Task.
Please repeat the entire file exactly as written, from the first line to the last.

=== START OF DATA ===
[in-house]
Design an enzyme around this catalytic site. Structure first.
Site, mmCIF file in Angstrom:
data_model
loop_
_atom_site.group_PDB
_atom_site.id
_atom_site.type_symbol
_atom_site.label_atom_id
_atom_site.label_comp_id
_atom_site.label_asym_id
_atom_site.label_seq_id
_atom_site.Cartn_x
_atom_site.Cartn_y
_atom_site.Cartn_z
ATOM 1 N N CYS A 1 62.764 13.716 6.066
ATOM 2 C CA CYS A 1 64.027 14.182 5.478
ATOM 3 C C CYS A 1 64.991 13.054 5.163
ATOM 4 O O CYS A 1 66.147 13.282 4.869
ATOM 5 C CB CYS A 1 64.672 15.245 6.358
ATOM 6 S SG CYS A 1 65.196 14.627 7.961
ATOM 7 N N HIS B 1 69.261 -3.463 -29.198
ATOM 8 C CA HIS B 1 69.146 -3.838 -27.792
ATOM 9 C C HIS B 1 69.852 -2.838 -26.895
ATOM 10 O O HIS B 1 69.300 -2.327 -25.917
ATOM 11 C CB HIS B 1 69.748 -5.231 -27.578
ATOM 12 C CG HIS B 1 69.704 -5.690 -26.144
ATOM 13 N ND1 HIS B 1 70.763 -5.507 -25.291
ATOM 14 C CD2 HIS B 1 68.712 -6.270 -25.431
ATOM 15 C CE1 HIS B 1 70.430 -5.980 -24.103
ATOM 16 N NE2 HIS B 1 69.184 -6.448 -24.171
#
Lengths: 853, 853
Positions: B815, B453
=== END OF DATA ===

[in-house]
Design an enzyme around this catalytic site. Structure first.
Site, mmCIF file in Angstrom:
data_model
loop_
_atom_site.group_PDB
_atom_site.id
_atom_site.type_symbol
_atom_site.label_atom_id
_atom_site.label_comp_id
_atom_site.label_asym_id
_atom_site.label_seq_id
_atom_site.Cartn_x
_atom_site.Cartn_y
_atom_site.Cartn_z
ATOM 1 N N CYS A 1 62.764 13.716 6.066
ATOM 2 C CA CYS A 1 64.027 14.182 5.478
ATOM 3 C C CYS A 1 64.991 13.054 5.163
ATOM 4 O O CYS A 1 66.147 13.282 4.869
ATOM 5 C CB CYS A 1 64.672 15.245 6.358
ATOM 6 S SG CYS A 1 65.196 14.627 7.961
ATOM 7 N N HIS B 1 69.261 -3.463 -29.198
ATOM 8 C CA HIS B 1 69.146 -3.838 -27.792
ATOM 9 C C HIS B 1 69.852 -2.838 -26.895
ATOM 10 O O HIS B 1 69.300 -2.327 -25.917
ATOM 11 C CB HIS B 1 69.748 -5.231 -27.578
ATOM 12 C CG HIS B 1 69.704 -5.690 -26.144
ATOM 13 N ND1 HIS B 1 70.763 -5.507 -25.291
ATOM 14 C CD2 HIS B 1 68.712 -6.270 -25.431
ATOM 15 C CE1 HIS B 1 70.430 -5.980 -24.103
ATOM 16 N NE2 HIS B 1 69.184 -6.448 -24.171
#
Lengths: 853, 853
Positions: B815, B453